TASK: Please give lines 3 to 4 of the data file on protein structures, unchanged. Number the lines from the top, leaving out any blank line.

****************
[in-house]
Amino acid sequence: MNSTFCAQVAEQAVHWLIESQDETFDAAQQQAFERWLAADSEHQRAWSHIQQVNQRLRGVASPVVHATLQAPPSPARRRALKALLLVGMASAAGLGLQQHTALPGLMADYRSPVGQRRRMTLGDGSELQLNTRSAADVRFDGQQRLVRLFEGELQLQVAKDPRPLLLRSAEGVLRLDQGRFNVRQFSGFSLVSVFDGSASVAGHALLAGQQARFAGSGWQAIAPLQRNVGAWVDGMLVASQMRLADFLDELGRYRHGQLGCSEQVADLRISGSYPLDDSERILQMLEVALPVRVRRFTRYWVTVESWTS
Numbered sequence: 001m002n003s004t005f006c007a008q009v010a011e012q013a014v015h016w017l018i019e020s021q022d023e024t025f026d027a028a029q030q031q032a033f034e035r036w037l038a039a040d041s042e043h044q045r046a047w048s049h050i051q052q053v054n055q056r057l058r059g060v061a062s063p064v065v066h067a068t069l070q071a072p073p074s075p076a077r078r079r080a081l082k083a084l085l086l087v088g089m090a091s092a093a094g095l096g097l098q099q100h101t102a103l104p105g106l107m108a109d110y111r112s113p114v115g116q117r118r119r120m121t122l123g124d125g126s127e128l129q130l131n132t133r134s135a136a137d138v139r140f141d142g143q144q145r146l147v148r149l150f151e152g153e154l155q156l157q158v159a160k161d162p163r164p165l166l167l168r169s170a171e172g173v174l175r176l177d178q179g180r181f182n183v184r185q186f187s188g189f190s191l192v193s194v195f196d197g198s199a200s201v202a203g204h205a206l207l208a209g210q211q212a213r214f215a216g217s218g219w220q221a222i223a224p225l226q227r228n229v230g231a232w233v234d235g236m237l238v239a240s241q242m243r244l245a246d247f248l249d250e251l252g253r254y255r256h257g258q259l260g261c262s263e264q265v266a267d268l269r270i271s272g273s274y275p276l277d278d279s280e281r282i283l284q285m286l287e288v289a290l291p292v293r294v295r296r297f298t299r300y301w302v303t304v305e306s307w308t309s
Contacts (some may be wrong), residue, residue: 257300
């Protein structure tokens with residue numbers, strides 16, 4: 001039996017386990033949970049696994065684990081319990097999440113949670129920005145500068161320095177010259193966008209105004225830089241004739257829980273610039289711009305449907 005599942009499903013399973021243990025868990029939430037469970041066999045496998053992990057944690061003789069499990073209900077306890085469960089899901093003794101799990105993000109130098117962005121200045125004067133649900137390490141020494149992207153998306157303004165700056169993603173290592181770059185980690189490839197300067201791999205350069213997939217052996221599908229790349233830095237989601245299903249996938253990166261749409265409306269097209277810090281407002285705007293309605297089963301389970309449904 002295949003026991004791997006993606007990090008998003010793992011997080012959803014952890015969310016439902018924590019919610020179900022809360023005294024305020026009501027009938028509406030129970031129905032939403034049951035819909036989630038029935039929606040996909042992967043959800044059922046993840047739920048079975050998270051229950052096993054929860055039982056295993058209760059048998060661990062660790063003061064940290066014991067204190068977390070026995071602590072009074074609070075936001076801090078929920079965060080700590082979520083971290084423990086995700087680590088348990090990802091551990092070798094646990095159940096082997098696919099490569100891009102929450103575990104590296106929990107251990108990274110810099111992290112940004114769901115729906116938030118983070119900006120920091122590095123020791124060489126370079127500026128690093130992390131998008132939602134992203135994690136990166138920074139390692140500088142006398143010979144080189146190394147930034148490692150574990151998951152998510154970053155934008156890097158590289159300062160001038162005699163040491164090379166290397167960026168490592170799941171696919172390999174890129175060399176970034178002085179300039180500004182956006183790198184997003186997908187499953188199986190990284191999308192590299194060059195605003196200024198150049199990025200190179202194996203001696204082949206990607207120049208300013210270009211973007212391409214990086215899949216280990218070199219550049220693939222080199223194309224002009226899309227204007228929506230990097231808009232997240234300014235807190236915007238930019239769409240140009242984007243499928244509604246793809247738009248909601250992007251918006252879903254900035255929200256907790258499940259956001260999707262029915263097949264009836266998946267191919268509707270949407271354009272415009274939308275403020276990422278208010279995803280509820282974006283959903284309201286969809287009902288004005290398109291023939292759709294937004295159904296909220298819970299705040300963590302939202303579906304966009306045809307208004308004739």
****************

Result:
Numbered sequence: 001m002n003s004t005f006c007a008q009v010a011e012q013a014v015h016w017l018i019e020s021q022d023e024t025f026d027a028a029q030q031q032a033f034e035r036w037l038a039a040d041s042e043h044q045r046a047w048s049h050i051q052q053v054n055q056r057l058r059g060v061a062s063p064v065v066h067a068t069l070q071a072p073p074s075p076a077r078r079r080a081l082k083a084l085l086l087v088g089m090a091s092a093a094g095l096g097l098q099q100h101t102a103l104p105g106l107m108a109d110y111r112s113p114v115g116q117r118r119r120m121t122l123g124d125g126s127e128l129q130l131n132t133r134s135a136a137d138v139r140f141d142g143q144q145r146l147v148r149l150f151e152g153e154l155q156l157q158v159a160k161d162p163r164p165l166l167l168r169s170a171e172g173v174l175r176l177d178q179g180r181f182n183v184r185q186f187s188g189f190s191l192v193s194v195f196d197g198s199a200s201v202a203g204h205a206l207l208a209g210q211q212a213r214f215a216g217s218g219w220q221a222i223a224p225l226q227r228n229v230g231a232w233v234d235g236m237l238v239a240s241q242m243r244l245a246d247f248l249d250e251l252g253r254y255r256h257g258q259l260g261c262s263e264q265v266a267d268l269r270i271s272g273s274y275p276l277d278d279s280e281r282i283l284q285m286l287e288v289a290l291p292v293r294v295r296r297f298t299r300y301w302v303t304v305e306s307w308t309s
Contacts (some may be wrong), residue, residue: 257300